This is the Old Stone House Inn, in Little Compton, RI. I was there last July for a memorial and stayed up on the third floor. Ahh, memories. The building has no a/c, but it doesn't really need it, what with being so close to the sea.
There's always a breeze. I watched the curtain billow for several minutes, entranced. I grew up in this town, with this very breeze, in a house not far from the Inn.This was the view from my room at the Inn. The water closest is Round Pond. The tiny bit of silve-gray in the distance is the Atlantic. The land between the pond and the sea once belonged to my family. A very long time ago. My grandfather grew up there, and we managed to wheedle permission to scatter his ashes there from the family who owns it now. That was back in the mid-nineties. I hadn't been back until last July. When Papa died, there just wasn't much reason...my remaining family in the area were strangers to me.This was the beach that my grandfather looked over, played upon, swam and boated from as a child.
Why do I mention all this? A smell.
A smell caught my attention, and in less than a moment, it brought me back to Little Compton and my time there. I loved that town. I love that town still, even if it doesn't know me any more. Oh, some terrible things occurred in my young life, there, but I loved it anyway. I could lose myself between sea and sky if I sailed out from the harbor nearby. I could play in the waves at South Shore beach until the sunk sank down with a sigh for his own evening swim. I could happily clamber on the tremendous rocks at Lloyd's Beach, sneak around the back to Haffenraffers place and play on that beach, too. We weren't supposed to go to Haffenraffer's place - it was once my grandfather's family land, that's the place he grew up, but they sold it long before I was born. For some reason, it was taboo for us - I never understood that, and one of the best rocks for exploring, for playing on, was over on that side of the spit. So, being a child, I ignored the taboo and went and played on the wonderful stone and in the little stand of trees there.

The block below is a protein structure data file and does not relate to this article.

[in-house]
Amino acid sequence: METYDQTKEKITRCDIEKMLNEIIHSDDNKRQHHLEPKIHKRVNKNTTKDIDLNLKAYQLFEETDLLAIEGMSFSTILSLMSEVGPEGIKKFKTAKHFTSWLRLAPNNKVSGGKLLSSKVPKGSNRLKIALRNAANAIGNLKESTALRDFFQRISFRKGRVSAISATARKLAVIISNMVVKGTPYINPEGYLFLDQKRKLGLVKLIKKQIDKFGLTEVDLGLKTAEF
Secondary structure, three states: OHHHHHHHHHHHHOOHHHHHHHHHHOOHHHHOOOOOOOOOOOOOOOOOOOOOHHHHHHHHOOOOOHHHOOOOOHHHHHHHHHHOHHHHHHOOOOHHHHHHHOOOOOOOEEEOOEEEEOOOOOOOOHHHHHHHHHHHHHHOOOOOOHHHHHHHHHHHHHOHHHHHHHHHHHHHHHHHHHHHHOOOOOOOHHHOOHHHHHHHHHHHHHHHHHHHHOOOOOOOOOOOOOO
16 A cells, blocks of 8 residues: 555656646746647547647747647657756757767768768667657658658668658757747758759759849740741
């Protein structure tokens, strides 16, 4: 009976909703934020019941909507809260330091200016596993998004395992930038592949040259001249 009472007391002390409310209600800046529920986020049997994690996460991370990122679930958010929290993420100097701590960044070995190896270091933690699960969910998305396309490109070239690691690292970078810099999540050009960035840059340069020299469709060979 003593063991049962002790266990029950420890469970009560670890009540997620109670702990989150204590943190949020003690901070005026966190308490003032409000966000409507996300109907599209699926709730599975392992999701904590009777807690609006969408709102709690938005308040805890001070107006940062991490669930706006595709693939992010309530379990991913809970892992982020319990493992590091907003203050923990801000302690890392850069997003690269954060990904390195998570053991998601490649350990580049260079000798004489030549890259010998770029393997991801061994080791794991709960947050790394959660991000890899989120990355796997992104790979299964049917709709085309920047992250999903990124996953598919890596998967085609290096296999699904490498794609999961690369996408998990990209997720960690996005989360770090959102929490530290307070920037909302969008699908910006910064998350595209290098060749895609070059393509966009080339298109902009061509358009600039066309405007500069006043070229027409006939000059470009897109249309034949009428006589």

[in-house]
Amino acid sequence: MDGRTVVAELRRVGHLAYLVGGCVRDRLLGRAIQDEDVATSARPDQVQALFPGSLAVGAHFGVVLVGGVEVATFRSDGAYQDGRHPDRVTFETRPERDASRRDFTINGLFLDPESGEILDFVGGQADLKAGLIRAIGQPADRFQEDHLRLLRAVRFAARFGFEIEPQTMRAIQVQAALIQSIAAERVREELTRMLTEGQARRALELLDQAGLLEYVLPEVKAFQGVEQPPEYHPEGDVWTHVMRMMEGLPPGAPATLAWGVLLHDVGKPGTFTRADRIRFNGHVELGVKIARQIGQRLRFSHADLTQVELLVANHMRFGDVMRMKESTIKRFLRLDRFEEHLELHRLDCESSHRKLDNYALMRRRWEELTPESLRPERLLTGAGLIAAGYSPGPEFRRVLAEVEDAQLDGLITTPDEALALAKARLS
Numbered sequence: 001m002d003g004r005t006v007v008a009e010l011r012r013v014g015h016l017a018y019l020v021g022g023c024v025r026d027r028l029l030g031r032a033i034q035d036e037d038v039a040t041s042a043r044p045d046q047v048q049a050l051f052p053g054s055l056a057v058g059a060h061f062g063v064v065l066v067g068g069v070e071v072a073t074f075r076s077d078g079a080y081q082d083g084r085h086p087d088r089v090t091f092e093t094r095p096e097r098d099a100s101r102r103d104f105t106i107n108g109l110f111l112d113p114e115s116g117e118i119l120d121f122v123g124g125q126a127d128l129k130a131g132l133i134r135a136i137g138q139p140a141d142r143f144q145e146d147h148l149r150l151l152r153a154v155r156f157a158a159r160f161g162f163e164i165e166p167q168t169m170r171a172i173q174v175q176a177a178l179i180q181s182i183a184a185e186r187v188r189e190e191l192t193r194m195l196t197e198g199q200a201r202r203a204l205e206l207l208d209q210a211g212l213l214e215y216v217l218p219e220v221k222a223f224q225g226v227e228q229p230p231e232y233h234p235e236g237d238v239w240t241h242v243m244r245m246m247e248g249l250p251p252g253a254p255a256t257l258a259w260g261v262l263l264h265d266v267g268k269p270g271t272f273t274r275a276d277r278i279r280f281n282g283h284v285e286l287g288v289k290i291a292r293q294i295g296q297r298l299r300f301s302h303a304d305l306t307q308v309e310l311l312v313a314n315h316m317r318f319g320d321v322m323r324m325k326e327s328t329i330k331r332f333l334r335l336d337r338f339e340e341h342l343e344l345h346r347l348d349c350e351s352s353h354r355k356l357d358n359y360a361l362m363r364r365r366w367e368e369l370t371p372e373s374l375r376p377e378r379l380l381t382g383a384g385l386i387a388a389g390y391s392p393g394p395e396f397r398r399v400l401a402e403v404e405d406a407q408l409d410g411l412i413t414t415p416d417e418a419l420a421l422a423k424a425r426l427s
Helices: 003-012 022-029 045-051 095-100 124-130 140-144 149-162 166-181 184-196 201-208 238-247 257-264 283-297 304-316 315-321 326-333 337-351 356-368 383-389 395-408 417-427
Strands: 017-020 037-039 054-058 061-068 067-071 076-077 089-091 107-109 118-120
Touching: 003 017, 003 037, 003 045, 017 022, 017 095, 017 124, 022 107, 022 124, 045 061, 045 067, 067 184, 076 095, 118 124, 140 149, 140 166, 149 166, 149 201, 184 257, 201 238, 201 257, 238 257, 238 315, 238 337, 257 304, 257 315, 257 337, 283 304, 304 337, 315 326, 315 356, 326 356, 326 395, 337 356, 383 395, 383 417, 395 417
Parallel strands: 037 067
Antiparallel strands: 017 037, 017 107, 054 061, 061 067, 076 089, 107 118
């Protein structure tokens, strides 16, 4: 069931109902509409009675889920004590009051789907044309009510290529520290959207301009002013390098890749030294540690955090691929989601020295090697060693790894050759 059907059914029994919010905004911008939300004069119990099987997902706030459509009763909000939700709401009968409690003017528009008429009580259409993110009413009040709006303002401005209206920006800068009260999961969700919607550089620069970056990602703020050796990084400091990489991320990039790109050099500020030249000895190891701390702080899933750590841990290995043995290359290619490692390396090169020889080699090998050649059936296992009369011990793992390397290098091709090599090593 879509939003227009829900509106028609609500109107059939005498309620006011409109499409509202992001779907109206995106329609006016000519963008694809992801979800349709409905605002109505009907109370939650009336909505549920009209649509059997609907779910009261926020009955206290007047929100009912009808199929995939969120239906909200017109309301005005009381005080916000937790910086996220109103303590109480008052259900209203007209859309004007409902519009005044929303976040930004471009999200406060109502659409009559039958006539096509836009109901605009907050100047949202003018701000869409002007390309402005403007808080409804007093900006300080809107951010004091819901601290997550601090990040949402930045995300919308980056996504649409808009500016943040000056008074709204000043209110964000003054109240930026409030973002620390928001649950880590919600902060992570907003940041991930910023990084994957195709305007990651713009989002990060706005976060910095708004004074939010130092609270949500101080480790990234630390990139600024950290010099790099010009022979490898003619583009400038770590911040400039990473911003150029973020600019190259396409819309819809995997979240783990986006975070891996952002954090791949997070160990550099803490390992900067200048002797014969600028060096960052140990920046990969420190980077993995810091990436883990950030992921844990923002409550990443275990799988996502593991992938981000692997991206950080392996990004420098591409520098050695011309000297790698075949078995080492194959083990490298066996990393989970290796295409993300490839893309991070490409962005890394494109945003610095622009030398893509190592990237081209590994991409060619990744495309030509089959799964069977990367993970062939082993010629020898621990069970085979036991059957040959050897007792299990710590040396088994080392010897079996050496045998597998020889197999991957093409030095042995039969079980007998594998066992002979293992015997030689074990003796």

I would hide from my family, source of much pain and confusion...hide from everyone in those trees, only emerging when it was time to go home. No one worried I'd drowned...I was more fish than human back then, and drowning me would have required a great deal of cement and some lead weights. When I was older, I would ride my bicycle down there alone and spend hours sorting through the pebbles that made up the shore, looking for wishing stones - gray slate-like stones with a quartz band all the way around them. Find one and you can make a wish. I have staccato memories of searching them out with mum, with Mimi, with Spouse (my father's mother), always hunting for them and for sea glass on the way down to the water. It was always the water that I wanted the most, and not even freezing weather or storms could keep me from it.
If I lived near the shore today, I would go down each day, whatever the weather, and swim - though the waves be great and the water frigid, I would wet myself and paddle about for a while because above everything else, the sea is my mother and I wish for her embrace always. More fish than human, still.
The smell that brought me back? Hard to name it. It's a combination of things - the scent of old, old wood, exposed to generations of wear and countless fogs, sea breezes, rains, nights, and hours of sun. The smell of sand and salt, damp cotton towels and sun-warmed cotton clothing, wet stone and seaweed, wet rope and planks and a hint of sunscreen with a touch of lemon dusting spray and Murphy's Oil Soap. There's a hint of horse, too, and leather, and Zippo fluid from Papa's lighter. The iron tang of water from the old hand pump by the house, where we'd rinse our feet. A faint note of pine and cut grass, a bit of earth and always, always that playful zephyr blending it all together.
I have no idea how it found its way into my closed-up house in Georgia. It must have followed me here last year and been waiting in a corner to be discovered. Just now, it yanked at my cuff and demanded notice, reminding me of where a part of my heart is still rooted. I am home, here...and I am home, there...I am divided between what was and what is, with no sense of where I will be in the future - some combination of forest, mountain and sea if it is to satisfy all my yearnings, all those nostalgic little tugs from the many places I've lived and loved the Earth.